The rumours are true: the traditional Call of Duty singleplayer campaign is dead. There’s no lavish, indulgent six-hour collection of cinematic story missions in Black Ops 4. Now the story is threaded into multiplayer, the mode that, let’s be honest, is the real reason that fans of the series keep buying it year after year. It’s a bold, and perhaps inevitable, move by developer Treyarch, but for the veteran Call of Duty studio it’s just another way of telling a story.
“If you’ve been following the Black Ops series, you’ll know that we never tell a story the same way twice,” says co-studio head Dan Bunting. “In the first game, your companion throughout the campaign was a figment of your imagination. In the second game, we told a branching story. And in Black Ops 3 the whole thing was all in the main character’s head. So we’ve always experimented with telling stories in different ways.”
It’s also clear that Treyarch knows the time and money it spends making a Call of Duty campaign, versus the time players actually spend playing it, doesn’t quite balance out. “We’re putting a lot more energy into the parts of the game where our players spend the most time,” says Bunting. “When you think of Treyarch you think of Zombies and multiplayer, so those are the parts of Black Ops that we want to bring to the forefront.”
Black Ops has always felt separate from the rest of the Call of Duty series and I ask Bunting what he thinks sets it apart. “We’ve carved out our own identity in the series,” he says. “Players love how we interact with them as a community and how we give them strong, connected social experiences.” But with such a vast, vocal and enthusiastic community, how do you filter out the noise? “Listening to the community takes a lot of patience and understanding,” says Bunting. “If anyone expresses an opinion, even if it’s negative, you know it’s coming from a place of passion. And we’re constantly updating the game based on player feedback, so being tight with the community helps with that.”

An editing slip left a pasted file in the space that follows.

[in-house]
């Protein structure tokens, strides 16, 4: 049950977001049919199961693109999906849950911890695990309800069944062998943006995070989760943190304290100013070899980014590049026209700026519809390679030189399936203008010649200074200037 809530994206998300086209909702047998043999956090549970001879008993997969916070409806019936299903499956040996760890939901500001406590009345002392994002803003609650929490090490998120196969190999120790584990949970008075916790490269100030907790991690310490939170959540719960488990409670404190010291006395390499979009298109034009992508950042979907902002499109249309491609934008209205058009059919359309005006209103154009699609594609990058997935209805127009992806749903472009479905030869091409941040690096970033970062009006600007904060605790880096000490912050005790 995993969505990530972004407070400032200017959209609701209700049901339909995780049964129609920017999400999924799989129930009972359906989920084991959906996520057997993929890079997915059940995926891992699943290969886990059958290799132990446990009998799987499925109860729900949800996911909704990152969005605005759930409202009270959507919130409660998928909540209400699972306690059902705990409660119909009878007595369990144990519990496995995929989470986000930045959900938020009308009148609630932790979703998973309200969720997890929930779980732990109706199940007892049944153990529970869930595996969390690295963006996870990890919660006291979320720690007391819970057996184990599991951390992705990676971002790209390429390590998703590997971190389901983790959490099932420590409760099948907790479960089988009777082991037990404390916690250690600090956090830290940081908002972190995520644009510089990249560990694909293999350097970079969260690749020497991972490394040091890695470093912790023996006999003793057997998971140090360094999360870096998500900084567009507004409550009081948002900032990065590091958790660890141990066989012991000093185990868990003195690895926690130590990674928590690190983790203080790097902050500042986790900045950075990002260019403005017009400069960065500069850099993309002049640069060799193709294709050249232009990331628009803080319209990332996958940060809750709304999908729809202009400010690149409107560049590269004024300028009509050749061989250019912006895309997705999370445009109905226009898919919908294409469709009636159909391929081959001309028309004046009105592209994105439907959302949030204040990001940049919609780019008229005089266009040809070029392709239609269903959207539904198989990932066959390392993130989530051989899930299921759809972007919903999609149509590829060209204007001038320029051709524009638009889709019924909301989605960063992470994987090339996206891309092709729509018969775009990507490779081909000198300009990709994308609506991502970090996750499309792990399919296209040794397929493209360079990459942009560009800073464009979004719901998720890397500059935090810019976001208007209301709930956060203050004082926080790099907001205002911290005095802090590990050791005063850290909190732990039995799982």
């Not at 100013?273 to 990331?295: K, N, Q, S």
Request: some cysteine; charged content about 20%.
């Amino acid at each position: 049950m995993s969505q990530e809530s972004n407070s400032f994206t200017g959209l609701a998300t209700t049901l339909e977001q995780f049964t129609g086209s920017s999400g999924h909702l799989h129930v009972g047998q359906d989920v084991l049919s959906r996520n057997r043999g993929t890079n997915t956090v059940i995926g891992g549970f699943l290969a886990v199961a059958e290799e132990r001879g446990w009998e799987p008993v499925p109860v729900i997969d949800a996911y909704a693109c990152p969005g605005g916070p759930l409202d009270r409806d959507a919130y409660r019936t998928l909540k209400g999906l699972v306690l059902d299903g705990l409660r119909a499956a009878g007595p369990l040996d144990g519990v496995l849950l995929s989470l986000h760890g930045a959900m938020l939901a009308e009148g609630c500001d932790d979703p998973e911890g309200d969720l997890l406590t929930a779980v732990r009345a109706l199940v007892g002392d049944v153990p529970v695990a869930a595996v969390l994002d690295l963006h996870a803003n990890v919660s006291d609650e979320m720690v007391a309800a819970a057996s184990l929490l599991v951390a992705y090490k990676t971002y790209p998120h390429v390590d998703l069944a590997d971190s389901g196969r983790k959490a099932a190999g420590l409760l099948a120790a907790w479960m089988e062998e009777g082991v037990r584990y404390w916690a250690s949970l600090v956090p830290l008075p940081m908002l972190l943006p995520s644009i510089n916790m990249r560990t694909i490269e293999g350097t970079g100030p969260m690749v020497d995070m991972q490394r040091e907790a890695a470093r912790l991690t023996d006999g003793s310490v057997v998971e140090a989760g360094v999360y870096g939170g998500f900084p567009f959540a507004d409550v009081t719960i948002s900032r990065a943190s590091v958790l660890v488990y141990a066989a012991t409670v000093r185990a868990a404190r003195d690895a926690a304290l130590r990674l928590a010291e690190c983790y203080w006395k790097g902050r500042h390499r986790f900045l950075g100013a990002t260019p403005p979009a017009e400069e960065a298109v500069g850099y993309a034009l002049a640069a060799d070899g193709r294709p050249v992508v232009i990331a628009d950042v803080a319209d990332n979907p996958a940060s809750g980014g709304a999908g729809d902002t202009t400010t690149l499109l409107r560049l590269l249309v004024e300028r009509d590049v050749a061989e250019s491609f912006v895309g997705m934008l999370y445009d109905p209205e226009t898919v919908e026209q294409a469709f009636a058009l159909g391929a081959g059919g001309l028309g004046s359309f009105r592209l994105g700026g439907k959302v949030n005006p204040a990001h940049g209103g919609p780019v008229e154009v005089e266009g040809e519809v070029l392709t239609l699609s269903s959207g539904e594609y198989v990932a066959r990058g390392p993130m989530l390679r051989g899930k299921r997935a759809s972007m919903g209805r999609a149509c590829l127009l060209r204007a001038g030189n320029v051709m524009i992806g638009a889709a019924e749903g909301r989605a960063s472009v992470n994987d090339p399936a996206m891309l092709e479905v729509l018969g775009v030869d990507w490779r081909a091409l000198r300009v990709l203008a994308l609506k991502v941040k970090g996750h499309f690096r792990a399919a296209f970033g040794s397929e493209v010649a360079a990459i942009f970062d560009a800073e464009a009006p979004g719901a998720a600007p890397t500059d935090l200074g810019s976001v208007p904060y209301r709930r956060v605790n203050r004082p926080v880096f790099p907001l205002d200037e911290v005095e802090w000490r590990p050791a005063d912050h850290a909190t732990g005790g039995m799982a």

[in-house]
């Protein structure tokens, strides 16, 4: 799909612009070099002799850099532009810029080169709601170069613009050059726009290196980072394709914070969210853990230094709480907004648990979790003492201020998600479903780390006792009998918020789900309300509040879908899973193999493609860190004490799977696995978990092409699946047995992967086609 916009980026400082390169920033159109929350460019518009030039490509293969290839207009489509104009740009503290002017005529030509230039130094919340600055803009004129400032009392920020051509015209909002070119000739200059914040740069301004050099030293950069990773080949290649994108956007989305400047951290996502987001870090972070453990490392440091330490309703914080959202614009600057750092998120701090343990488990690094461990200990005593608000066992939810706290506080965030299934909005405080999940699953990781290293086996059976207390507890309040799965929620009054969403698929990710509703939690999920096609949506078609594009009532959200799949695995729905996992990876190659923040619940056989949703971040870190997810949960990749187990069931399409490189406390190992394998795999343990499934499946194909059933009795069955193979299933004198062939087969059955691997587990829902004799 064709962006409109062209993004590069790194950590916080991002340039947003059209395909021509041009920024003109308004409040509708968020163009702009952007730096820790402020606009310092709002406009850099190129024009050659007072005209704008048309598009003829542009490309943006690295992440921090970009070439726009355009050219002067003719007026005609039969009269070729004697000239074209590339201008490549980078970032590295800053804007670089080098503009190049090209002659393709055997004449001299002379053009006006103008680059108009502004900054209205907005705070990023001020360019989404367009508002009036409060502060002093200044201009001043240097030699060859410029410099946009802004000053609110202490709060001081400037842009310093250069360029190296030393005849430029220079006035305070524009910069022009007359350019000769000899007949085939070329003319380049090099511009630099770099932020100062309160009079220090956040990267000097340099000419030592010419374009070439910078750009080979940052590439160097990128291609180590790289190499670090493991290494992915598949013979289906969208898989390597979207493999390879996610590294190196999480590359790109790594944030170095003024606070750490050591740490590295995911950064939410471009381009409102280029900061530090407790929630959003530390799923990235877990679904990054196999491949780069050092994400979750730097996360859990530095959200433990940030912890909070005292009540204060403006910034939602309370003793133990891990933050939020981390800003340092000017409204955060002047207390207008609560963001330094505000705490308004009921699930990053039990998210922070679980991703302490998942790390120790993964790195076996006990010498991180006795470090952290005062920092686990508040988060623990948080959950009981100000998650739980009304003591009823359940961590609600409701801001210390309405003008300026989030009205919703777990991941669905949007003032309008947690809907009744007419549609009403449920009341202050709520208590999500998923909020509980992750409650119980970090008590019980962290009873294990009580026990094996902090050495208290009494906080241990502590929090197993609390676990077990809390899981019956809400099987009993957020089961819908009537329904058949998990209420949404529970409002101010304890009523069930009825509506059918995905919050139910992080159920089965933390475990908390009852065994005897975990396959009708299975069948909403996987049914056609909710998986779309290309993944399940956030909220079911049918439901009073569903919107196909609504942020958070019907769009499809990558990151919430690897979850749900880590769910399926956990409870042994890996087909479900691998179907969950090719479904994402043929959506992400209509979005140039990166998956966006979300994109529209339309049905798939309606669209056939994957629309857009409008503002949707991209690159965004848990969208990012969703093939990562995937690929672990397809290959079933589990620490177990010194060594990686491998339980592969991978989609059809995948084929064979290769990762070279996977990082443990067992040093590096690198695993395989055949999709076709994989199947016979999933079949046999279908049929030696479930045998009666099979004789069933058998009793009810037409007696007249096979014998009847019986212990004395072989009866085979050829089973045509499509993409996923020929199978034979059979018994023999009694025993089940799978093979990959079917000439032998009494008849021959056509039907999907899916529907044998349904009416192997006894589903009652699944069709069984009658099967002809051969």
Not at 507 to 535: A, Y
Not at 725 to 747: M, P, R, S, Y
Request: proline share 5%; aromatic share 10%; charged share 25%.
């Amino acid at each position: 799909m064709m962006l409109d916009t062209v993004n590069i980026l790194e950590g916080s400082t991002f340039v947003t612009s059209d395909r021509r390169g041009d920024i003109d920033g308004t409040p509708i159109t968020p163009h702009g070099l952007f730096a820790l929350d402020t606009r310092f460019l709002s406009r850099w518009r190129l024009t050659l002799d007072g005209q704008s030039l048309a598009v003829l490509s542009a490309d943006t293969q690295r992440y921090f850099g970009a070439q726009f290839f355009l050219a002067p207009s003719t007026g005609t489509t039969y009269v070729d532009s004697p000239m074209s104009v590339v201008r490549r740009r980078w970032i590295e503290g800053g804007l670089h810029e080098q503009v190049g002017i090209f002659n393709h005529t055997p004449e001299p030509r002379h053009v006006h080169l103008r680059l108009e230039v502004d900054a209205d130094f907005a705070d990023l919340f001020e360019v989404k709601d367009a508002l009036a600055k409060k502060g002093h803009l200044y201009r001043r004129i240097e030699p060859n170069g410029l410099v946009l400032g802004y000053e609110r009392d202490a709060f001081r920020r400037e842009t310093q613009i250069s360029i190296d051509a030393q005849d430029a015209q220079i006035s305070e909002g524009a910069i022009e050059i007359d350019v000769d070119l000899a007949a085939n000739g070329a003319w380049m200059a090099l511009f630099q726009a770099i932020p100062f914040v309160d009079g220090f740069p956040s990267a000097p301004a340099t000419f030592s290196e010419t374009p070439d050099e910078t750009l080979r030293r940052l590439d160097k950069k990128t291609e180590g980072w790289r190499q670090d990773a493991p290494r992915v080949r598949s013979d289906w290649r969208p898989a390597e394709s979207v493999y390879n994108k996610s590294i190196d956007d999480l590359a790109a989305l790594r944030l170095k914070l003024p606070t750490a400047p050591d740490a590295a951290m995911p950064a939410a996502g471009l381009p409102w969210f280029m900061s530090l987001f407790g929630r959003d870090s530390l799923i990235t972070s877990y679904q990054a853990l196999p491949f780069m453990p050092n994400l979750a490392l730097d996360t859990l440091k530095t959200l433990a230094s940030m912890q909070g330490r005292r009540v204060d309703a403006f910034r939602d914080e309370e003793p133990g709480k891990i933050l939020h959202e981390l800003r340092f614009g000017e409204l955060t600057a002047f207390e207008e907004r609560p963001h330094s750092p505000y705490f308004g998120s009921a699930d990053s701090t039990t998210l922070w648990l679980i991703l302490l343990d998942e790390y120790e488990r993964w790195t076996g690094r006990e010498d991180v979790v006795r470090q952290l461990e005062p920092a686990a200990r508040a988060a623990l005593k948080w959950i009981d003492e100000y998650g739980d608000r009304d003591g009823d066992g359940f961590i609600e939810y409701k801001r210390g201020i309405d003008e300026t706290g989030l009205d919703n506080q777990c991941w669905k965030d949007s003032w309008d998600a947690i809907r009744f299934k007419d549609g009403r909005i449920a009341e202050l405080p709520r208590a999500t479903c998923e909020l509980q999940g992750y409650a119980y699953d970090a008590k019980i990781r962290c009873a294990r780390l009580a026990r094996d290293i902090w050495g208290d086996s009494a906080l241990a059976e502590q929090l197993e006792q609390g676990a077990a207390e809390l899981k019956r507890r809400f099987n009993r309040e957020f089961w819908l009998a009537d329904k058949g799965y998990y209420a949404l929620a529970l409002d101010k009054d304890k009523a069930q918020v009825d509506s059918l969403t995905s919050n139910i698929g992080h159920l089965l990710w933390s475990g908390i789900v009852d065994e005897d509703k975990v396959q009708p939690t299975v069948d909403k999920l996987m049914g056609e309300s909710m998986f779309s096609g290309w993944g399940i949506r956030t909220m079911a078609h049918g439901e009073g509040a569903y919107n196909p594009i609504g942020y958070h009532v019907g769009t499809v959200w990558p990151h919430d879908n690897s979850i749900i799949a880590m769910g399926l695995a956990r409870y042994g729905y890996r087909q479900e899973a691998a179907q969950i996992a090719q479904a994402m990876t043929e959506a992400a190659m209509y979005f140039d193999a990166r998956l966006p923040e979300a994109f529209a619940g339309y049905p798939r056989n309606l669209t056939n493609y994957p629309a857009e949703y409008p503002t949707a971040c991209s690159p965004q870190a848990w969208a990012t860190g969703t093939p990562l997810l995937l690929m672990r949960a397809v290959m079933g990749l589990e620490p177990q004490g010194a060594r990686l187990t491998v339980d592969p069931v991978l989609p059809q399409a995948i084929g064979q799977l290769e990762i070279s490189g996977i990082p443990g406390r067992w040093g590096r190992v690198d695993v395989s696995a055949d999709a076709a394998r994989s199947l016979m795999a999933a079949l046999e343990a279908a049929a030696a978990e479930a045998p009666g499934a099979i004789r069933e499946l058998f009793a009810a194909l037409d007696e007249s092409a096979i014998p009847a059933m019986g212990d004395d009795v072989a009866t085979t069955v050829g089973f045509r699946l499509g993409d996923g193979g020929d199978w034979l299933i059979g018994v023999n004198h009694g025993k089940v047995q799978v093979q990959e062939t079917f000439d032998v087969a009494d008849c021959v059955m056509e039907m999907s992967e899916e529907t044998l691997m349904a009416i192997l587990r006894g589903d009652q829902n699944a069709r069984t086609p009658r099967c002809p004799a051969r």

Treyarch is investing significant time and effort into the PC version of Black Ops 4, with help from development studio Beenox. “The PC team alone is eight to ten times larger than anything we’ve done before,” says Bunting. “It’s a dedicated effort. We truly want to make a game that makes Call of Duty a significant experience on PC and makes Black Ops something people trust and love and keep coming back to.”
The PC version will have support for HDR, native 4K and ultra-wide monitors. The combat has been tweaked to accommodate a mouse and keyboard (for instance, a faster, snappier camera while using one of your character’s special abilities). Black Ops 4 will also be joining Destiny 2 as the second non-Blizzard game to find a home on the Battle.net online service. It’s nice to see Treyarch ensuring the PC version is up to scratch; it will have to be if the studio wants this to be a game which people play for years to come. With so many great competitive online games available on PC right now, some of which don’t cost anything to play, Treyarch has a tough fight ahead of it.
Perhaps the most significant, and least surprising, new addition to the series is Blackout. Yes, it’s a battle royale mode, taking place on a map Treyarch describes as being a thousand times larger than a regular multiplayer map. How do you translate the fast, claustrophobic combat associated with Call of Duty to such a huge expanse? “It’s been a different and new challenge,” says Bunting. “But as we’ve been working on it, we’ve have a lot of ideas and cross-pollination between different parts of the game. We’ve brought stuff to multiplayer that we learned making Blackout, and vice versa.
“Investment in the weapon systems is important in Black Ops, but especially in a survival mode like Blackout that’s played on a massive scale. You have to think about how the weapons perform in a different way. Bullet drop and bullet travel time are things we’ve never had to consider in Call of Duty before. But in terms of the actual core combat loop, everything you love and know about that tight Black Ops gunplay and the feel of movement is all just as relevant in Blackout as it is in competitive multiplayer.”